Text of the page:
This simple sounding task was a bit of a logistical problem. The Monaco had to be pushed right back, the wheelie bins and my daughter's redundant fridge and freezer moved temporarily into my front garden and the bird feeder moved from its socket in the lawn. It's a tight squeeze through the gaps for the A352, especially its wide back end. It's a lot easier with a helper, which I didn't have, so I had to hop out of the cockpit two or three times to check clearances. The beast eventually resided in its new home on the gravel next to the hedge (which is in sore need of attention). The aforementioned then had to be put back. My Machine Mart sack truck has been a godsend!

Next job was to move the Monaco. Space is tight so the manoeuvre involved a seven point turn, not easy without a steering column, but after much huffing and puffing it was sitting happily in the sunny cave.

In the continued absence of help, I turned my attention to fettling the L692 stop/tail lights which had come in the post the day before. The lenses are a fabulous deep cherry red which, when removed, revealed pristine interiors. I'm well pleased with them although separate reflectors will be needed. The nuts on the mounting studs were rusted solid so I set to work with wire brush, WD40 and judicious use of the blow lamp, protecting the backing rubbers with a wet cardboard shield. They eventually yielded without damage. My M10 120mm A2 bolts for the centre outrigger mountings had also arrived so I assembled them with my angled sleeves ready for the distant day when the body gets attached.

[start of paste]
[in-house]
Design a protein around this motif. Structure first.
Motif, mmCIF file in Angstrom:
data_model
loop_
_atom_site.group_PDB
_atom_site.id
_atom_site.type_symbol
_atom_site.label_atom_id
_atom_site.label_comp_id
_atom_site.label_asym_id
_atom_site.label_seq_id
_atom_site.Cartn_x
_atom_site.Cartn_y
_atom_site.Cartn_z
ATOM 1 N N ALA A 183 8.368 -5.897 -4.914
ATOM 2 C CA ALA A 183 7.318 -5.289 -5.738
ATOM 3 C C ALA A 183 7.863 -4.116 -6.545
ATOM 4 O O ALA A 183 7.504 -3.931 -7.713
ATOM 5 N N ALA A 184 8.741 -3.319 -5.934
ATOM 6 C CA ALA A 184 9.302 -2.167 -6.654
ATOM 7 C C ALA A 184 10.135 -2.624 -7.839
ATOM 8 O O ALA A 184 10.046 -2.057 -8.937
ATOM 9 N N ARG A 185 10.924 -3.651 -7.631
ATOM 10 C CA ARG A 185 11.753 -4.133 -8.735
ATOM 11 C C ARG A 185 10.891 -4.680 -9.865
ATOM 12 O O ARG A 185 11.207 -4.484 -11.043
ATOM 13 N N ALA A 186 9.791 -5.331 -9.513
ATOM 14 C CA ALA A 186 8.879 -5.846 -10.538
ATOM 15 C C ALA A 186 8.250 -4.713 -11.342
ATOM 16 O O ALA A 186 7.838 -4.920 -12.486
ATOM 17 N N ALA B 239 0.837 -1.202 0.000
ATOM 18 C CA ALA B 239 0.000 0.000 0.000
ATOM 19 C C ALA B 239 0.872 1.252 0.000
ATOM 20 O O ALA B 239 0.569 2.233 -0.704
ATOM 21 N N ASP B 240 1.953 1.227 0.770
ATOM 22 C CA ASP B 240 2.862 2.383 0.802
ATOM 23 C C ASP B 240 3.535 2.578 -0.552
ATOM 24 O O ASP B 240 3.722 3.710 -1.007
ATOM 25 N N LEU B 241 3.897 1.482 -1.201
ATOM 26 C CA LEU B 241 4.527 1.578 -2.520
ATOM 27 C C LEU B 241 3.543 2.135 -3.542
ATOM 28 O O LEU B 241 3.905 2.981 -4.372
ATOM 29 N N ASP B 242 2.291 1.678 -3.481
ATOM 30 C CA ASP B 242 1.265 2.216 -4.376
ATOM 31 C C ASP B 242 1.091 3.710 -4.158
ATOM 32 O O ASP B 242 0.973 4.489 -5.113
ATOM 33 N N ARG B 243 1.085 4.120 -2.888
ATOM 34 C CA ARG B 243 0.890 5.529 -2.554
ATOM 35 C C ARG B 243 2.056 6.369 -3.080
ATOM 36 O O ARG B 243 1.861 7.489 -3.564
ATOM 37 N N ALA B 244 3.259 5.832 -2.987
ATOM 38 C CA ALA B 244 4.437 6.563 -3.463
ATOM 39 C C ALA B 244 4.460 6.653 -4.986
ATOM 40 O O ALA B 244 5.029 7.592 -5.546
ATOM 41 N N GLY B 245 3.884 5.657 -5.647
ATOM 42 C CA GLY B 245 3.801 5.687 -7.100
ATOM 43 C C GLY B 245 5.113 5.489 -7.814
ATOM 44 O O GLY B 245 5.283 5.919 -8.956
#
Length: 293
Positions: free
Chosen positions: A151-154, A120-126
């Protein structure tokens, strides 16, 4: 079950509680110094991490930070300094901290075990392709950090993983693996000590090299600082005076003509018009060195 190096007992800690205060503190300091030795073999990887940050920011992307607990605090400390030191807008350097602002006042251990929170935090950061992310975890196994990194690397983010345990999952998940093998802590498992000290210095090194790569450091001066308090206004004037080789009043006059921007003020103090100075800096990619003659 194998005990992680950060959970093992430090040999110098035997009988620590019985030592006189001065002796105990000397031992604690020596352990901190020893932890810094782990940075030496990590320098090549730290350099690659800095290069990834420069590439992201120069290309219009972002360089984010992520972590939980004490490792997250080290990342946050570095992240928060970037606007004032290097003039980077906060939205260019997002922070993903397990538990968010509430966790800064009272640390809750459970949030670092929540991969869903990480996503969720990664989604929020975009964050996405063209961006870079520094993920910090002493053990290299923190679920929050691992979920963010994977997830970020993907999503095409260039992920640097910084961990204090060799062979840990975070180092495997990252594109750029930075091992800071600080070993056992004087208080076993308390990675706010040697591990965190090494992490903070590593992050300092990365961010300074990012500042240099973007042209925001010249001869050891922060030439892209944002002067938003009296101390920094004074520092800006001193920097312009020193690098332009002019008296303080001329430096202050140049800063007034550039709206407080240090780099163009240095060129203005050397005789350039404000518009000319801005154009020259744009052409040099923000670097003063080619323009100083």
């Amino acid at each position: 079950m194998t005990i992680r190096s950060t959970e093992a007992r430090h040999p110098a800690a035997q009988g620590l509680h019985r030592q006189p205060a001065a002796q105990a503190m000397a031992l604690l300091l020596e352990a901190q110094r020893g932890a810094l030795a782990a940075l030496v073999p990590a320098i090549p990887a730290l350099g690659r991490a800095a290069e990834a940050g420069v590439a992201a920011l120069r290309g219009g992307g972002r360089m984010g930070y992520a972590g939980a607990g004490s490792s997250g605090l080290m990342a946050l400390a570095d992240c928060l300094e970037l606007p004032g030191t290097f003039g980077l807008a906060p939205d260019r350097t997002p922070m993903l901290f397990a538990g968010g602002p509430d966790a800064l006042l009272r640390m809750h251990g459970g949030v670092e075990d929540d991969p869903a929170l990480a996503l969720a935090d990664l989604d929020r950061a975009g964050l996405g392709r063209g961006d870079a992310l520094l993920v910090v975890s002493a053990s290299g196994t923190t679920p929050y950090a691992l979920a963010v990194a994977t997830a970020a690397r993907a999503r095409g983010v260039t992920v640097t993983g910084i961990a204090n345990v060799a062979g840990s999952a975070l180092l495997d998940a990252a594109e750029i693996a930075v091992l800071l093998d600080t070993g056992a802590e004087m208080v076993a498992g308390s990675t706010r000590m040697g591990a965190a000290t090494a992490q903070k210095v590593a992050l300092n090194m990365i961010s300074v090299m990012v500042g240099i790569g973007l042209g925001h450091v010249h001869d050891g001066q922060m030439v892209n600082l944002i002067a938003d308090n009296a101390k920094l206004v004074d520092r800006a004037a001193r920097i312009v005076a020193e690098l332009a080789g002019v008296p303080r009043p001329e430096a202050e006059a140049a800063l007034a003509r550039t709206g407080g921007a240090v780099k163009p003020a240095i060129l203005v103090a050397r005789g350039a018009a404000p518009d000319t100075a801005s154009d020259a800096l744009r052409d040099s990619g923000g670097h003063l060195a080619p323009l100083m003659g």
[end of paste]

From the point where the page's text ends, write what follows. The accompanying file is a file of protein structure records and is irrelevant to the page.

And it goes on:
I pushed her forward a bit so I could sit behind in the sun and, with the aid of a plan I'd ripped from a Westfield site, tried to work out legal positions for them. I quickly realised that it wasn't possible to mount them on the body within the law. The maximum permitted distance between the edge of the vehicle and the light is 400mm but this wasn't possible on the off side, although it was on the near: the body really is asymmetrical! They'll have to go on the mudguards, eventually.

The grass was begging to be cut so I called it a day on the project as, on his return, my son was full of cold and disappeared to convalesce so body shifting wasn't an option :(.

Regards, Mick

Jaguartvr 10th March 2017 08:38

The outer edges of the front cross member would make s nice mounting point for a pair of chrome headlights. The pods look a bit bulky.
Is it true that you have to wear a Dick Dastardly outfit when driving the Moss?

I see with the front wheel set up you are intending to go oval racing:bounce:

Mick O'Malley 10th March 2017 09:41

Found My Colour
I went out to work on the Monaco, and it's raining! What a difference a day makes :(. I decided to search the web for a colour and paint code as I'll be going to the Spring Autojumble at Beaulieu where my suppliers exhibit and sell. They need plenty of notice to mix it so now's a good time.

After going down many blind alleys I finally found what I had in my mind's eye: Jaguar Regency Red :).

Regards, Mick

Car photographer 10th March 2017 21:49

Nice colour! ;)

DaveP 10th March 2017 23:26

Bloody nice colour.

Loving the man cave in the sun


paul_n 10th March 2017 23:30


Originally Posted by Mick O'Malley (Post 86708)
I'll be going to the Spring Autojumble at Beaulieu Regards, Mick

Going in the A352 ?

regards Paul